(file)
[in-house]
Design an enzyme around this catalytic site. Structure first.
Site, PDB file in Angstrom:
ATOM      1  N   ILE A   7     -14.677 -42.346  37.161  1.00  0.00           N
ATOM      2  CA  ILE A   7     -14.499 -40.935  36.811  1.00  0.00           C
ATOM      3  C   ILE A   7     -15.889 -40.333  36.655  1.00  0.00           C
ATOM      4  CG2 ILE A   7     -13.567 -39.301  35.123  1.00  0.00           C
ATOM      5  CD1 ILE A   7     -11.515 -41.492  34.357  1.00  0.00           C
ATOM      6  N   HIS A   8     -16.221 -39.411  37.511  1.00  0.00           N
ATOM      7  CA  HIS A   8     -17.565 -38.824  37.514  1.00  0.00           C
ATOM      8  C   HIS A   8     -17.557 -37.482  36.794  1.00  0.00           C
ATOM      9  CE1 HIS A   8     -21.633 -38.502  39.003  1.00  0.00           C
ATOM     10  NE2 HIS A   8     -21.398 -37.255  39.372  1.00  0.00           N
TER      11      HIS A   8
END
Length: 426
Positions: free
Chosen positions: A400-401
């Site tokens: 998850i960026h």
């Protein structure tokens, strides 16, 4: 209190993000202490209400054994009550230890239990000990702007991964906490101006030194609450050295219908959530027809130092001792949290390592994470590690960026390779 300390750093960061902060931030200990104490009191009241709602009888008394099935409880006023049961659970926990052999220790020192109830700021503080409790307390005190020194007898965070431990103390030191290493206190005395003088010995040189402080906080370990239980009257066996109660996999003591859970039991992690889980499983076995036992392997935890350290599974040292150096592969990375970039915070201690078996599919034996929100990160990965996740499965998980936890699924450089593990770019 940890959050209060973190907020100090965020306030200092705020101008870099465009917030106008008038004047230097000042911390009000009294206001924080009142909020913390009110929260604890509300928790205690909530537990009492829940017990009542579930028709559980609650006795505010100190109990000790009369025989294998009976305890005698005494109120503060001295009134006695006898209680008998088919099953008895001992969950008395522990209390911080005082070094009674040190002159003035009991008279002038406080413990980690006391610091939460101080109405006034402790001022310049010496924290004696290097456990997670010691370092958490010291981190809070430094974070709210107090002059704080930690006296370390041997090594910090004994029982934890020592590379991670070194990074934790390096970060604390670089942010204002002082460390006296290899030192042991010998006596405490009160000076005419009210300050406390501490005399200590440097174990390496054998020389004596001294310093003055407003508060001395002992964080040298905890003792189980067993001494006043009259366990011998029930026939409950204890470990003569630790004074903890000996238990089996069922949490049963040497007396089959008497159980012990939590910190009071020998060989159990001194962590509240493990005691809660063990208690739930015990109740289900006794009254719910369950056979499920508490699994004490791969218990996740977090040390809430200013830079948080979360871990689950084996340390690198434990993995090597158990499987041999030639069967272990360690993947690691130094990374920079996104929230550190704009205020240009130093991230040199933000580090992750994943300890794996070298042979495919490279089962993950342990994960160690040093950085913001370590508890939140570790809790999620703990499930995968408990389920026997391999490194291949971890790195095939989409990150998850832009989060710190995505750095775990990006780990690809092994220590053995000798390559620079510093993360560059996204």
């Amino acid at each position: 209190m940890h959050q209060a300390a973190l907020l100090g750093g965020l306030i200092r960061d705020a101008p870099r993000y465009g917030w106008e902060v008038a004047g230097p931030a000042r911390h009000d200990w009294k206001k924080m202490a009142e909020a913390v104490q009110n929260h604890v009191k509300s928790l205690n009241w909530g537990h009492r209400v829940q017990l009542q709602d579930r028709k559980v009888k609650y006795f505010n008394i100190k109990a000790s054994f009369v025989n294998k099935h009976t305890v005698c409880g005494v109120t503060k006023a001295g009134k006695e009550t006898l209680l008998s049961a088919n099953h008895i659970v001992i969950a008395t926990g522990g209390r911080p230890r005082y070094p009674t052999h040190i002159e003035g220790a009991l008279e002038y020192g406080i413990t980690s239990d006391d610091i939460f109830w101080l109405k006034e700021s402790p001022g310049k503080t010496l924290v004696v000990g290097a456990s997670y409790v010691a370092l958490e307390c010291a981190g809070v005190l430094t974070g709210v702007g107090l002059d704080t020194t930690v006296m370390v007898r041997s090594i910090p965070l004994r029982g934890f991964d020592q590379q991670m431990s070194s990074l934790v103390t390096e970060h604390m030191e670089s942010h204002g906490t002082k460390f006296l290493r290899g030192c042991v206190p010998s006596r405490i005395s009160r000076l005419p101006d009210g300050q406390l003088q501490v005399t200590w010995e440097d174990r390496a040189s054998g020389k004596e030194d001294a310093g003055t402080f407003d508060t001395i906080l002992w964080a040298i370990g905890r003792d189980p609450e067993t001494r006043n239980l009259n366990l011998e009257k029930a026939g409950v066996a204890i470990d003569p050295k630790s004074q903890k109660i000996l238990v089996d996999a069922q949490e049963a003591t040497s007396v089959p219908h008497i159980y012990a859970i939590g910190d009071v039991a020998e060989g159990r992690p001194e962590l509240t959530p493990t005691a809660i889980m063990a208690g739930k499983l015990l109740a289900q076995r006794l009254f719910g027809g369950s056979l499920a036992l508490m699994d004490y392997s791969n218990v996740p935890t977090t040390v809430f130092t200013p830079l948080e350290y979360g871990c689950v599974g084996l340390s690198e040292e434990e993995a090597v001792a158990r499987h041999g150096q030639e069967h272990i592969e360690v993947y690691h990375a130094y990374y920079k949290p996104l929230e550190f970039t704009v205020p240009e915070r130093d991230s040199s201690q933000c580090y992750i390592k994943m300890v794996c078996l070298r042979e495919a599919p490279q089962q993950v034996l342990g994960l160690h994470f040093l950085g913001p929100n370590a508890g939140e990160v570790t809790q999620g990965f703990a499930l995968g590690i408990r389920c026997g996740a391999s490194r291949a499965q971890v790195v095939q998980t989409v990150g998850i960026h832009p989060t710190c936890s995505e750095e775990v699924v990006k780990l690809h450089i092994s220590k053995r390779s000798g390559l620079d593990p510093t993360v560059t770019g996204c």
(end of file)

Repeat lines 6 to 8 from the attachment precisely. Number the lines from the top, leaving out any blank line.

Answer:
ATOM      3  C   ILE A   7     -15.889 -40.333  36.655  1.00  0.00           C
ATOM      4  CG2 ILE A   7     -13.567 -39.301  35.123  1.00  0.00           C
ATOM      5  CD1 ILE A   7     -11.515 -41.492  34.357  1.00  0.00           C